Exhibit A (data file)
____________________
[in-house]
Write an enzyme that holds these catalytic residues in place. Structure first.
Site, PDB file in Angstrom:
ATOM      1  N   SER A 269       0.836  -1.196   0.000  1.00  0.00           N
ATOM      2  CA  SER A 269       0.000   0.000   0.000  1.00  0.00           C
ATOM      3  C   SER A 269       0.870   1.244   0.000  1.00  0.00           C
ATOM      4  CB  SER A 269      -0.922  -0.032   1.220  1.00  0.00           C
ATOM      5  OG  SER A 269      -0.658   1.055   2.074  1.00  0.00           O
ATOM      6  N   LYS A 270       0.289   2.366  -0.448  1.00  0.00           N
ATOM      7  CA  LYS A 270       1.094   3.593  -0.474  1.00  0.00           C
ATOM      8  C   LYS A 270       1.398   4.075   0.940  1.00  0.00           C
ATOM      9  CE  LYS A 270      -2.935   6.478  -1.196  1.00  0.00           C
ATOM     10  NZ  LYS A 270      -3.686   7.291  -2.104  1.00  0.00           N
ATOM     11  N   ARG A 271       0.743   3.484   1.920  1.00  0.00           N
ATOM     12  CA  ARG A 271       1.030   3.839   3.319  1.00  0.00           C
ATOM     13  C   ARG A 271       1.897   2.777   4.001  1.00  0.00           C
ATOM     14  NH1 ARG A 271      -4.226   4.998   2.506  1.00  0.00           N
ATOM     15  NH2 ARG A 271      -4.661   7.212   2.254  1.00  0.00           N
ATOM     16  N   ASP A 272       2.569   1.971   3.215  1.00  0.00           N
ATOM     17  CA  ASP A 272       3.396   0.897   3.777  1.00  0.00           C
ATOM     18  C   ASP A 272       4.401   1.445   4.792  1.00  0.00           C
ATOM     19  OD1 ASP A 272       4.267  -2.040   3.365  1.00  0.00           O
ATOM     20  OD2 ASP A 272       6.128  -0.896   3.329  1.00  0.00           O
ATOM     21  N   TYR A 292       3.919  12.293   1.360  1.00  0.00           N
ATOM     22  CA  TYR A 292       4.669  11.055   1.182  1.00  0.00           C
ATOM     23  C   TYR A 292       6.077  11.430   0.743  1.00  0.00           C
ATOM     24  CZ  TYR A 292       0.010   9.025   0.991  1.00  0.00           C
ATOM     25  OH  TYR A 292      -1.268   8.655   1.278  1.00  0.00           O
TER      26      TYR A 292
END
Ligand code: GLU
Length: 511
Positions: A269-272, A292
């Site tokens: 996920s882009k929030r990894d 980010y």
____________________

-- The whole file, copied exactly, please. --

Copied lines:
[in-house]
Write an enzyme that holds these catalytic residues in place. Structure first.
Site, PDB file in Angstrom:
ATOM      1  N   SER A 269       0.836  -1.196   0.000  1.00  0.00           N
ATOM      2  CA  SER A 269       0.000   0.000   0.000  1.00  0.00           C
ATOM      3  C   SER A 269       0.870   1.244   0.000  1.00  0.00           C
ATOM      4  CB  SER A 269      -0.922  -0.032   1.220  1.00  0.00           C
ATOM      5  OG  SER A 269      -0.658   1.055   2.074  1.00  0.00           O
ATOM      6  N   LYS A 270       0.289   2.366  -0.448  1.00  0.00           N
ATOM      7  CA  LYS A 270       1.094   3.593  -0.474  1.00  0.00           C
ATOM      8  C   LYS A 270       1.398   4.075   0.940  1.00  0.00           C
ATOM      9  CE  LYS A 270      -2.935   6.478  -1.196  1.00  0.00           C
ATOM     10  NZ  LYS A 270      -3.686   7.291  -2.104  1.00  0.00           N
ATOM     11  N   ARG A 271       0.743   3.484   1.920  1.00  0.00           N
ATOM     12  CA  ARG A 271       1.030   3.839   3.319  1.00  0.00           C
ATOM     13  C   ARG A 271       1.897   2.777   4.001  1.00  0.00           C
ATOM     14  NH1 ARG A 271      -4.226   4.998   2.506  1.00  0.00           N
ATOM     15  NH2 ARG A 271      -4.661   7.212   2.254  1.00  0.00           N
ATOM     16  N   ASP A 272       2.569   1.971   3.215  1.00  0.00           N
ATOM     17  CA  ASP A 272       3.396   0.897   3.777  1.00  0.00           C
ATOM     18  C   ASP A 272       4.401   1.445   4.792  1.00  0.00           C
ATOM     19  OD1 ASP A 272       4.267  -2.040   3.365  1.00  0.00           O
ATOM     20  OD2 ASP A 272       6.128  -0.896   3.329  1.00  0.00           O
ATOM     21  N   TYR A 292       3.919  12.293   1.360  1.00  0.00           N
ATOM     22  CA  TYR A 292       4.669  11.055   1.182  1.00  0.00           C
ATOM     23  C   TYR A 292       6.077  11.430   0.743  1.00  0.00           C
ATOM     24  CZ  TYR A 292       0.010   9.025   0.991  1.00  0.00           C
ATOM     25  OH  TYR A 292      -1.268   8.655   1.278  1.00  0.00           O
TER      26      TYR A 292
END
Ligand code: GLU
Length: 511
Positions: A269-272, A292
């Site tokens: 996920s882009k929030r990894d 980010y």